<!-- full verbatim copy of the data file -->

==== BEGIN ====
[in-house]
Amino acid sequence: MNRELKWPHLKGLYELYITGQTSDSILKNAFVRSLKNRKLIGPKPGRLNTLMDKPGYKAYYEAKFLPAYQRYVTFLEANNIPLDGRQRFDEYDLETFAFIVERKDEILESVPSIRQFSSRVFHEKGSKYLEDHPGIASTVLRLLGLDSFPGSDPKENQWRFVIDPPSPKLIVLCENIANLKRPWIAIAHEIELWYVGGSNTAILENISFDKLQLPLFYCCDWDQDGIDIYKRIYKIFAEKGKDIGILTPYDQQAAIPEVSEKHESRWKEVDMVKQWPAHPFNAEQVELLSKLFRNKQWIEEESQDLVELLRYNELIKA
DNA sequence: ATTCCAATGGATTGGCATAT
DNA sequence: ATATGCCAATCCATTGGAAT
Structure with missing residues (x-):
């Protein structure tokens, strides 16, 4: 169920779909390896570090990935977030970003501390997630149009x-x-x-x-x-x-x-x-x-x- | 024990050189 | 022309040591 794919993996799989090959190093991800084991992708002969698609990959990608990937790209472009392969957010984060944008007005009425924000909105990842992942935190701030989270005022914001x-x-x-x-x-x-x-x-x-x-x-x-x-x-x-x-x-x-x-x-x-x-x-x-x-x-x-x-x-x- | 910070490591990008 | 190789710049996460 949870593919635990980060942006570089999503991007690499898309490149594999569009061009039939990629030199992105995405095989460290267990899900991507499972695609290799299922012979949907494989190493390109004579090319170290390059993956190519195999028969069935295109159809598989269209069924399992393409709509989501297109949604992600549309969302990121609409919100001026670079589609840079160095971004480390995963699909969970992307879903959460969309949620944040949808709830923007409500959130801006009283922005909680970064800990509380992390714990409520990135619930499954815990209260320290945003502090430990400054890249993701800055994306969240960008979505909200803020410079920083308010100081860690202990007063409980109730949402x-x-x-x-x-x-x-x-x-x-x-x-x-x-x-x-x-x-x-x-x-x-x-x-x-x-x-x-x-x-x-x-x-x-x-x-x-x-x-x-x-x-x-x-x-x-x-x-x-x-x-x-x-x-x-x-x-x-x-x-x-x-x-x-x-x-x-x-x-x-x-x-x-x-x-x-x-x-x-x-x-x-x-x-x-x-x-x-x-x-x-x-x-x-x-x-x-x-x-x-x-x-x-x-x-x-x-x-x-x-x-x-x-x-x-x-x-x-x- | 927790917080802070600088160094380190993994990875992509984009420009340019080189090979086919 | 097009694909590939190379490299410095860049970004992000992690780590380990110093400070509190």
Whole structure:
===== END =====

[in-house]
Amino acid sequence: MNRELKWPHLKGLYELYITGQTSDSILKNAFVRSLKNRKLIGPKPGRLNTLMDKPGYKAYYEAKFLPAYQRYVTFLEANNIPLDGRQRFDEYDLETFAFIVERKDEILESVPSIRQFSSRVFHEKGSKYLEDHPGIASTVLRLLGLDSFPGSDPKENQWRFVIDPPSPKLIVLCENIANLKRPWIAIAHEIELWYVGGSNTAILENISFDKLQLPLFYCCDWDQDGIDIYKRIYKIFAEKGKDIGILTPYDQQAAIPEVSEKHESRWKEVDMVKQWPAHPFNAEQVELLSKLFRNKQWIEEESQDLVELLRYNELIKA
DNA sequence: ATTCCAATGGATTGGCATAT
DNA sequence: ATATGCCAATCCATTGGAAT
Structure with missing residues (x-):
């Protein structure tokens, strides 16, 4: 169920779909390896570090990935977030970003501390997630149009x-x-x-x-x-x-x-x-x-x- | 024990050189 | 022309040591 794919993996799989090959190093991800084991992708002969698609990959990608990937790209472009392969957010984060944008007005009425924000909105990842992942935190701030989270005022914001x-x-x-x-x-x-x-x-x-x-x-x-x-x-x-x-x-x-x-x-x-x-x-x-x-x-x-x-x-x- | 910070490591990008 | 190789710049996460 949870593919635990980060942006570089999503991007690499898309490149594999569009061009039939990629030199992105995405095989460290267990899900991507499972695609290799299922012979949907494989190493390109004579090319170290390059993956190519195999028969069935295109159809598989269209069924399992393409709509989501297109949604992600549309969302990121609409919100001026670079589609840079160095971004480390995963699909969970992307879903959460969309949620944040949808709830923007409500959130801006009283922005909680970064800990509380992390714990409520990135619930499954815990209260320290945003502090430990400054890249993701800055994306969240960008979505909200803020410079920083308010100081860690202990007063409980109730949402x-x-x-x-x-x-x-x-x-x-x-x-x-x-x-x-x-x-x-x-x-x-x-x-x-x-x-x-x-x-x-x-x-x-x-x-x-x-x-x-x-x-x-x-x-x-x-x-x-x-x-x-x-x-x-x-x-x-x-x-x-x-x-x-x-x-x-x-x-x-x-x-x-x-x-x-x-x-x-x-x-x-x-x-x-x-x-x-x-x-x-x-x-x-x-x-x-x-x-x-x-x-x-x-x-x-x-x-x-x-x-x-x-x-x-x-x-x-x- | 927790917080802070600088160094380190993994990875992509984009420009340019080189090979086919 | 097009694909590939190379490299410095860049970004992000992690780590380990110093400070509190």
Whole structure: